A Journey on Extracellular Vesicles for Matrix Metalloproteinases: A Mechanistic Perspective.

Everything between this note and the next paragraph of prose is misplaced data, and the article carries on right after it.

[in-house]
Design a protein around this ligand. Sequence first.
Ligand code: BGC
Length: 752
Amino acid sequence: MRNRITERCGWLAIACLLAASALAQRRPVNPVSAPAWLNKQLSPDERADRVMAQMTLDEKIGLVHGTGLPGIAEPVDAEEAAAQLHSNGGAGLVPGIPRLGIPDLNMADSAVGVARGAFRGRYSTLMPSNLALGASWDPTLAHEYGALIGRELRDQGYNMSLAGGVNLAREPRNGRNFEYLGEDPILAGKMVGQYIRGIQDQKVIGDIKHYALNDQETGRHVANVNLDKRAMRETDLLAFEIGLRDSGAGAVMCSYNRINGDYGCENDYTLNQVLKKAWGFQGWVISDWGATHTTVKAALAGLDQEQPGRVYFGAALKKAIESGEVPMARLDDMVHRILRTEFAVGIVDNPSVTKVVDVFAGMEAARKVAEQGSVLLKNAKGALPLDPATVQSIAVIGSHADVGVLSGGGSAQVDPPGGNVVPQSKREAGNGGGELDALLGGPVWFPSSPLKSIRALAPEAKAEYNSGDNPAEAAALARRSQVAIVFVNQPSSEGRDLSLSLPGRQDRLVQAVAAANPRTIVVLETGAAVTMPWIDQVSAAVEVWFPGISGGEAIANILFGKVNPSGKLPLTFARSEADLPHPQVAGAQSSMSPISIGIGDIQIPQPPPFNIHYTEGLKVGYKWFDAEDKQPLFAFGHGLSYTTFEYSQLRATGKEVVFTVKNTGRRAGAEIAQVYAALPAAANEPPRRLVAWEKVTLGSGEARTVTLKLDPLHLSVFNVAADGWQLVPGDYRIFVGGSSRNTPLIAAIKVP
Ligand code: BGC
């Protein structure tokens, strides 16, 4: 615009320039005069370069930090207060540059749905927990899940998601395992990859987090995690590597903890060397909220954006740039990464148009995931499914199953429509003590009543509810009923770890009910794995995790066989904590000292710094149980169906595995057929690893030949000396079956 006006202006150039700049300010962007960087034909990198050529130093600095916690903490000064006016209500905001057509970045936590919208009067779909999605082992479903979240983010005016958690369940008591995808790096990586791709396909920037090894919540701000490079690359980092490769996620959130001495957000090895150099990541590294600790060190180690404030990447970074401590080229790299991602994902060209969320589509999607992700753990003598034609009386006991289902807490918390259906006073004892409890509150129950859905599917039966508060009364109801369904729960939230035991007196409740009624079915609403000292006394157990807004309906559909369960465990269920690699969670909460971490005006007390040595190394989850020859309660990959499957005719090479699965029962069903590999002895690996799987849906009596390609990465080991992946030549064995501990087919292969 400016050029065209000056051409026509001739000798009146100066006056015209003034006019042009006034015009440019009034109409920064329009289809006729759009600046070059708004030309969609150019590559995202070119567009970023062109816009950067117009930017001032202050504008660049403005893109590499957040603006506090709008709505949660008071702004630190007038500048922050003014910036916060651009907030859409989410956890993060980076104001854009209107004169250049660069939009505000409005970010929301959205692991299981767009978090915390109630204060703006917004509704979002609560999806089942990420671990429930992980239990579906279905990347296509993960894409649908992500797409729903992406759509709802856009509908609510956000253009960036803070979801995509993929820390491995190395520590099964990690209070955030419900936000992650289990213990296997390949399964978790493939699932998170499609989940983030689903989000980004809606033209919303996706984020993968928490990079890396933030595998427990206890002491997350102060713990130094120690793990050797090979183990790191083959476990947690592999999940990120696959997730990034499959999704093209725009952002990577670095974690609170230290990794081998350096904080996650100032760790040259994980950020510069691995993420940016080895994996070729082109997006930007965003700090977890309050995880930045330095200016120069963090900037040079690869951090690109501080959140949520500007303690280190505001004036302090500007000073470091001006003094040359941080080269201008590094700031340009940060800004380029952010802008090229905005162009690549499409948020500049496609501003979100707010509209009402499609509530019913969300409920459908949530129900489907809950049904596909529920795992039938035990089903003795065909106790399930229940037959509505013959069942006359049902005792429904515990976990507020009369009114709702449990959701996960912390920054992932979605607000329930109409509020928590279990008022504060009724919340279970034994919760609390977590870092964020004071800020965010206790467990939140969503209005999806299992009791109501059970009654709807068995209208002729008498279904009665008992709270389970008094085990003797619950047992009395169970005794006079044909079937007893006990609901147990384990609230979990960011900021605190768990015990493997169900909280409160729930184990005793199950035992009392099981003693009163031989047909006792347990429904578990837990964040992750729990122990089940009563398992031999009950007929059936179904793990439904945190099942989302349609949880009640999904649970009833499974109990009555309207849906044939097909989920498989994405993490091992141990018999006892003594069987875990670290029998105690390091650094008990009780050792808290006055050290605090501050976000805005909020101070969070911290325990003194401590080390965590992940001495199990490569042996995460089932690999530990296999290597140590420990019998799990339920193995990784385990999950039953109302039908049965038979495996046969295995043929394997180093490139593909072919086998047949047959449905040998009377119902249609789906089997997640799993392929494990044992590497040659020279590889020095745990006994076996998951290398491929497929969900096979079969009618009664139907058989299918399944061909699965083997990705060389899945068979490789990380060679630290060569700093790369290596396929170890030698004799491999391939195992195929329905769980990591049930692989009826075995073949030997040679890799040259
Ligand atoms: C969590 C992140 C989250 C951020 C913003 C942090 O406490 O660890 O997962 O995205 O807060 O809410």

Matrix metalloproteinases (MMPs) are key players in matrix remodeling and their function has been particularly investigated in cancer biology. Indeed, through extracellular matrix (ECM) degradation and shedding of diverse cell surface macromolecules, they are implicated in different steps of tumor development, from local expansion by growth to tissue invasion and metastasis. Interestingly, MMPs are also components of extracellular vesicles (EVs). EVs are membrane-limited organelles that cells release in their extracellular environment. These « secreted » vesicles are now well accepted players in cell-to-cell communication. EVs have received a lot of interest in recent years as they are also envisioned as sources of biomarkers and as potentially outperforming vehicles for the delivery of therapeutics. Molecular machineries governing EV biogenesis, cargo loading and delivery to recipient cells are complex and still under intense investigation. In this review, we will summarize the state of the art of our knowledge about the molecular mechanisms implicated in MMP trafficking and secretion. We focus on MT1-MMP, a major effector of invasive cell behavior. We will also discuss how this knowledge is of interest for a better understanding of EV-loading of MMPs. Such knowledge might be of use to engineer novel strategies for cancer treatment. A better understanding of these mechanisms could also be used to design more efficient EV-based therapies.Lire l‘article